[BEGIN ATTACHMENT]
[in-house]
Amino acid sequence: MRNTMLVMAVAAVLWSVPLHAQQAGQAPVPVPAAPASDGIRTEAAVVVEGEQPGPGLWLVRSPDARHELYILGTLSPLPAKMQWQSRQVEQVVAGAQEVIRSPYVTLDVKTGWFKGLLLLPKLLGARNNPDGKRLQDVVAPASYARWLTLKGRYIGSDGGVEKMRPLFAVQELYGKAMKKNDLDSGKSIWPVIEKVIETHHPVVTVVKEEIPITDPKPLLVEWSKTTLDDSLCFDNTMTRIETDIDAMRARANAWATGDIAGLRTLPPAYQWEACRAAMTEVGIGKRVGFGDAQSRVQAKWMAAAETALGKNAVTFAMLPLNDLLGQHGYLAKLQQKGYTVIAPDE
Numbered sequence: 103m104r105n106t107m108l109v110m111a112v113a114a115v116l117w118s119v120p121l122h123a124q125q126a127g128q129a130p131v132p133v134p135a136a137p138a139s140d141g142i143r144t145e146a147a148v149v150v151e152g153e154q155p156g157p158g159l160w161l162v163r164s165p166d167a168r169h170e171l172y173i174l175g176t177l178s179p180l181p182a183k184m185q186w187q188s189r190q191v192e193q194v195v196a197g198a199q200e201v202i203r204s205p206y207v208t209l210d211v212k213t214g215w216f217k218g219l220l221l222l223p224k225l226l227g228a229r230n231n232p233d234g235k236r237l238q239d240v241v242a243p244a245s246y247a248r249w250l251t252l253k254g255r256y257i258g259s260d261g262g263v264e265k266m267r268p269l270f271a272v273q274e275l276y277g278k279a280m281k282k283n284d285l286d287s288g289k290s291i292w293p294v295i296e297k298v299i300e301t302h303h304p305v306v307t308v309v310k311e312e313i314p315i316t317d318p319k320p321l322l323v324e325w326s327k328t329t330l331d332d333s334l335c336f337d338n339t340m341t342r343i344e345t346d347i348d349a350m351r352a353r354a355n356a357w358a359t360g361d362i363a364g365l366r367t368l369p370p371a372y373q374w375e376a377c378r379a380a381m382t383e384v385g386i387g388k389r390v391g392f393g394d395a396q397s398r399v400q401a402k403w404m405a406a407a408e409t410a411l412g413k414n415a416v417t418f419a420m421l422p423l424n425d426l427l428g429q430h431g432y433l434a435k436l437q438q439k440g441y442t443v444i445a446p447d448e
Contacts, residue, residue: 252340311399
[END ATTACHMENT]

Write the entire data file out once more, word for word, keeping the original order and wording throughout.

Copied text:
[in-house]
Amino acid sequence: MRNTMLVMAVAAVLWSVPLHAQQAGQAPVPVPAAPASDGIRTEAAVVVEGEQPGPGLWLVRSPDARHELYILGTLSPLPAKMQWQSRQVEQVVAGAQEVIRSPYVTLDVKTGWFKGLLLLPKLLGARNNPDGKRLQDVVAPASYARWLTLKGRYIGSDGGVEKMRPLFAVQELYGKAMKKNDLDSGKSIWPVIEKVIETHHPVVTVVKEEIPITDPKPLLVEWSKTTLDDSLCFDNTMTRIETDIDAMRARANAWATGDIAGLRTLPPAYQWEACRAAMTEVGIGKRVGFGDAQSRVQAKWMAAAETALGKNAVTFAMLPLNDLLGQHGYLAKLQQKGYTVIAPDE
Numbered sequence: 103m104r105n106t107m108l109v110m111a112v113a114a115v116l117w118s119v120p121l122h123a124q125q126a127g128q129a130p131v132p133v134p135a136a137p138a139s140d141g142i143r144t145e146a147a148v149v150v151e152g153e154q155p156g157p158g159l160w161l162v163r164s165p166d167a168r169h170e171l172y173i174l175g176t177l178s179p180l181p182a183k184m185q186w187q188s189r190q191v192e193q194v195v196a197g198a199q200e201v202i203r204s205p206y207v208t209l210d211v212k213t214g215w216f217k218g219l220l221l222l223p224k225l226l227g228a229r230n231n232p233d234g235k236r237l238q239d240v241v242a243p244a245s246y247a248r249w250l251t252l253k254g255r256y257i258g259s260d261g262g263v264e265k266m267r268p269l270f271a272v273q274e275l276y277g278k279a280m281k282k283n284d285l286d287s288g289k290s291i292w293p294v295i296e297k298v299i300e301t302h303h304p305v306v307t308v309v310k311e312e313i314p315i316t317d318p319k320p321l322l323v324e325w326s327k328t329t330l331d332d333s334l335c336f337d338n339t340m341t342r343i344e345t346d347i348d349a350m351r352a353r354a355n356a357w358a359t360g361d362i363a364g365l366r367t368l369p370p371a372y373q374w375e376a377c378r379a380a381m382t383e384v385g386i387g388k389r390v391g392f393g394d395a396q397s398r399v400q401a402k403w404m405a406a407a408e409t410a411l412g413k414n415a416v417t418f419a420m421l422p423l424n425d426l427l428g429q430h431g432y433l434a435k436l437q438q439k440g441y442t443v444i445a446p447d448e
Contacts, residue, residue: 252340311399